Boeing to conclude 747 production, reduce output of other types

Boeing 747-8i and 787-8 Dreamliner in formation flight. Photo: © Boeing

Boeing will conclude production of its iconic 747 ‘jumbo jet’ in 2022, CEO Dave Calhoun confirmed on Wednesday.

This confirmation was part of a letter to employees, which mentioned several updates on Boeing’s current and future aircraft production output amid the ongoing Coronavirus crisis that has hit the aviation industry especially hard. “The reality is the pandemic’s impact on the aviation sector continues to be severe“.

747 aside, the letter confirms bigger than previously announced cuts to production of essentially all of Boeing’s commercial passenger aircraft programs. In April, Boeing’s response to the pandemic included reducing production of the 777 and 787 to three and seven airplanes per month by 2021 and 2022 respectively. At the time it was already the second major cut announced by the manufacturer.

Now, Boeing CEO Calhoun says the company will lower 787 production to just six per month in 2021 and 777 production (including the new 777X) to two per month. Furthermore, the 777X first delivery and entry into service has been delayed again, this time to 2022. For single-aisle aircraft, Boeing will slow the ramp-up of its 737 MAX output once the troubled aircraft type is certified to fly again. 767 production, which exclusively consists of the cargo version, remains unchanged.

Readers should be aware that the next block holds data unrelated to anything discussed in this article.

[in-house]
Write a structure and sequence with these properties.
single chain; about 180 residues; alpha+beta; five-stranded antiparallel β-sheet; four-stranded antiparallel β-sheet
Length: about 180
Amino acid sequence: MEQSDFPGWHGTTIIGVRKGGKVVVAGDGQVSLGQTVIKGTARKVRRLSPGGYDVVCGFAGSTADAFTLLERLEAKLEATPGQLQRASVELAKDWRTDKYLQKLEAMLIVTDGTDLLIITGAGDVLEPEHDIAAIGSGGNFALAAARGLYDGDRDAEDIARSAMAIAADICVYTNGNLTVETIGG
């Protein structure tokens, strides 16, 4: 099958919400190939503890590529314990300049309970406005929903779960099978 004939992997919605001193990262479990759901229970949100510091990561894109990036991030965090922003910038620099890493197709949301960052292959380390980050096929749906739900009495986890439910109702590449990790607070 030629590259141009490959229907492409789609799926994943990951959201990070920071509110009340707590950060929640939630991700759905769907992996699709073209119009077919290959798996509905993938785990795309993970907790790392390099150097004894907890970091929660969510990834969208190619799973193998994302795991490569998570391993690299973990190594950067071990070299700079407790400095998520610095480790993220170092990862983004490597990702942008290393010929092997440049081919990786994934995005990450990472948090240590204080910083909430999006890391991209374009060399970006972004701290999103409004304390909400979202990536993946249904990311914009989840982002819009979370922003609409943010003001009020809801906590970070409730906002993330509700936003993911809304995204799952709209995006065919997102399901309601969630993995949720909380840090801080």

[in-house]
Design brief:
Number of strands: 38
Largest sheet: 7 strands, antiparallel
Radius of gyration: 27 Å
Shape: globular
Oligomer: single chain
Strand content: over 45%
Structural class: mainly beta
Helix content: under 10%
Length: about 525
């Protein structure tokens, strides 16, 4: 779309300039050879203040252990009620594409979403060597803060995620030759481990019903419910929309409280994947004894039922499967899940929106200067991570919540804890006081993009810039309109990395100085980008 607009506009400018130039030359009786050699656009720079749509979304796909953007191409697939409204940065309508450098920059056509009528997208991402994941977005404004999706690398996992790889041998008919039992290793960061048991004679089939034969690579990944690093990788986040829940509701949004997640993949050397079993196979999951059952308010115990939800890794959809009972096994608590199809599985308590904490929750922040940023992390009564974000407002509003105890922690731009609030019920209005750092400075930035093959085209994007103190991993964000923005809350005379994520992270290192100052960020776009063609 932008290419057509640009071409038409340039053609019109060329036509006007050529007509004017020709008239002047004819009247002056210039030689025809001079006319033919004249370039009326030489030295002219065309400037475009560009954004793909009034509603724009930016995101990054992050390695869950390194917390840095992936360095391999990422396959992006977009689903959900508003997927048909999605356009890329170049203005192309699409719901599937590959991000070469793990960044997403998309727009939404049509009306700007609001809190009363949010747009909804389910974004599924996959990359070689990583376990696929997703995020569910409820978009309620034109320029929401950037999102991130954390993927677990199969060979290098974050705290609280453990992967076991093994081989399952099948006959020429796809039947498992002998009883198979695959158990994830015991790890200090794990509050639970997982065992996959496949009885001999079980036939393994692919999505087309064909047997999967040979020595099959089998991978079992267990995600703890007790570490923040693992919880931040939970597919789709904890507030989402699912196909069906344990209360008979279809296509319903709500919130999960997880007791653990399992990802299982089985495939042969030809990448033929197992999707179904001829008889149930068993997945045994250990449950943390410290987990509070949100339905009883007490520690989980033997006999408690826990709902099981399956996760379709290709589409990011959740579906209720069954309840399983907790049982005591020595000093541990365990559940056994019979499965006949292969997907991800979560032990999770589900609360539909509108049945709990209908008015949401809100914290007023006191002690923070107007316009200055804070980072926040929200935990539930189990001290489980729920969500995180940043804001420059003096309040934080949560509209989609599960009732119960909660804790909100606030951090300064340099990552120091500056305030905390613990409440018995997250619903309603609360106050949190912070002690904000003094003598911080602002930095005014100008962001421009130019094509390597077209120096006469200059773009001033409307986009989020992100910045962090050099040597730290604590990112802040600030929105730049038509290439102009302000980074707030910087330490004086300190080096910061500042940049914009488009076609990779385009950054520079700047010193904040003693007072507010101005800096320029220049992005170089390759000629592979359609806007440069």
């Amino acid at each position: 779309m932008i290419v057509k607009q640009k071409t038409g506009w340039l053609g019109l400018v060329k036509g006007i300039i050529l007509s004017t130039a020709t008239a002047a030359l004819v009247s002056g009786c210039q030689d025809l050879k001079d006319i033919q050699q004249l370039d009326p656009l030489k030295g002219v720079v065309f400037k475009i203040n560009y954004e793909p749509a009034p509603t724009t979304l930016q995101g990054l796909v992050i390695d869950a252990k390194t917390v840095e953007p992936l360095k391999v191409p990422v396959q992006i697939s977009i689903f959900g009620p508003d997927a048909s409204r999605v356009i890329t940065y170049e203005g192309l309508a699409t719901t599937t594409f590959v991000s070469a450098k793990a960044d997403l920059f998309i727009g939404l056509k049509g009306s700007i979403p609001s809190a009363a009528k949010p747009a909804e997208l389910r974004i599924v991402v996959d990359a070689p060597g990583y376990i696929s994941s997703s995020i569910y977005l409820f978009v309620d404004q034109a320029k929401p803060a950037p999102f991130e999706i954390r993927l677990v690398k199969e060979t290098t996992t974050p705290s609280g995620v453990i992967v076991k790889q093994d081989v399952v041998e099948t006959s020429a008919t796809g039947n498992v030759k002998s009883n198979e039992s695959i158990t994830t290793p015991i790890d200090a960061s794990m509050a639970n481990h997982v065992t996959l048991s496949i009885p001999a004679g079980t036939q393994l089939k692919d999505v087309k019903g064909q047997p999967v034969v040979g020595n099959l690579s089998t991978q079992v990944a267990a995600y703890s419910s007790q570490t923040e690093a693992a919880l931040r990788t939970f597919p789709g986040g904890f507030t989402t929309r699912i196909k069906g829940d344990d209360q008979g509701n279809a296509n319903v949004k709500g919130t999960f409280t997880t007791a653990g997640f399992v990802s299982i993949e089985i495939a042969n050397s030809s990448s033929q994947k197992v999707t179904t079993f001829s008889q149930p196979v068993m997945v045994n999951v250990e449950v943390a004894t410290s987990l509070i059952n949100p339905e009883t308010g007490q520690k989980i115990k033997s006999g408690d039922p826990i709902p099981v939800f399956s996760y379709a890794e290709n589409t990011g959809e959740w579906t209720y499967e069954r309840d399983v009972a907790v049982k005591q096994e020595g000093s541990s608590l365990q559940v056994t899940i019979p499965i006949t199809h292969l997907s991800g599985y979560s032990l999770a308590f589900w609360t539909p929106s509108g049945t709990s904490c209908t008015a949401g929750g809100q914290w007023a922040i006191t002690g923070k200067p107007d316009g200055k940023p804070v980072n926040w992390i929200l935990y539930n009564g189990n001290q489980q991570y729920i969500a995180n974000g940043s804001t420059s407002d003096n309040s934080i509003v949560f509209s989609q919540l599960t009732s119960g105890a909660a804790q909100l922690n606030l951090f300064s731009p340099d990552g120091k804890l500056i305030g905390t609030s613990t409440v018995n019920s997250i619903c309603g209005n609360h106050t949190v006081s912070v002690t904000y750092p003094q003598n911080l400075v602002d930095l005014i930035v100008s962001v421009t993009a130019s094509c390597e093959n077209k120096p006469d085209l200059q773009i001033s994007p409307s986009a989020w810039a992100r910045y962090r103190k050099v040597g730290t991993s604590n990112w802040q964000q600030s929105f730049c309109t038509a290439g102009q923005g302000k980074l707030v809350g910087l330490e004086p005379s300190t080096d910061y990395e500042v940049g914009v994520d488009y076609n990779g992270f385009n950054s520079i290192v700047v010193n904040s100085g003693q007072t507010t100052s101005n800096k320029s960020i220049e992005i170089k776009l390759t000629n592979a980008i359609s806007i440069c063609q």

The move to discontinue the Boeing 747 in 2022 doesn’t come unexpected, as the type has very few outstanding orders, with all of them being dedicated freighters – except for two new ‘Air Force One’ for the United States Air Force. Meanwhile, more and more airlines are accelerating their phase-out of older variants of the 747. This month, Australian flag-carrier Qantas sent the aircraft off to storage or scrapping in the desert while British Airways (BA) proposed retiring its entire remaining fleet of 747-400 with immediate effect.

European competitor Airbus will end production of its A380, the largest passenger jet ever, very soon as well (a specific timeline is not entirely clear due to Coronavirus-related obstacles). However, this move was already announced in February 2019 – long before the current Covid-19 pandemic.

Read more: Opinion: BA’s 747 retirement hits harder than most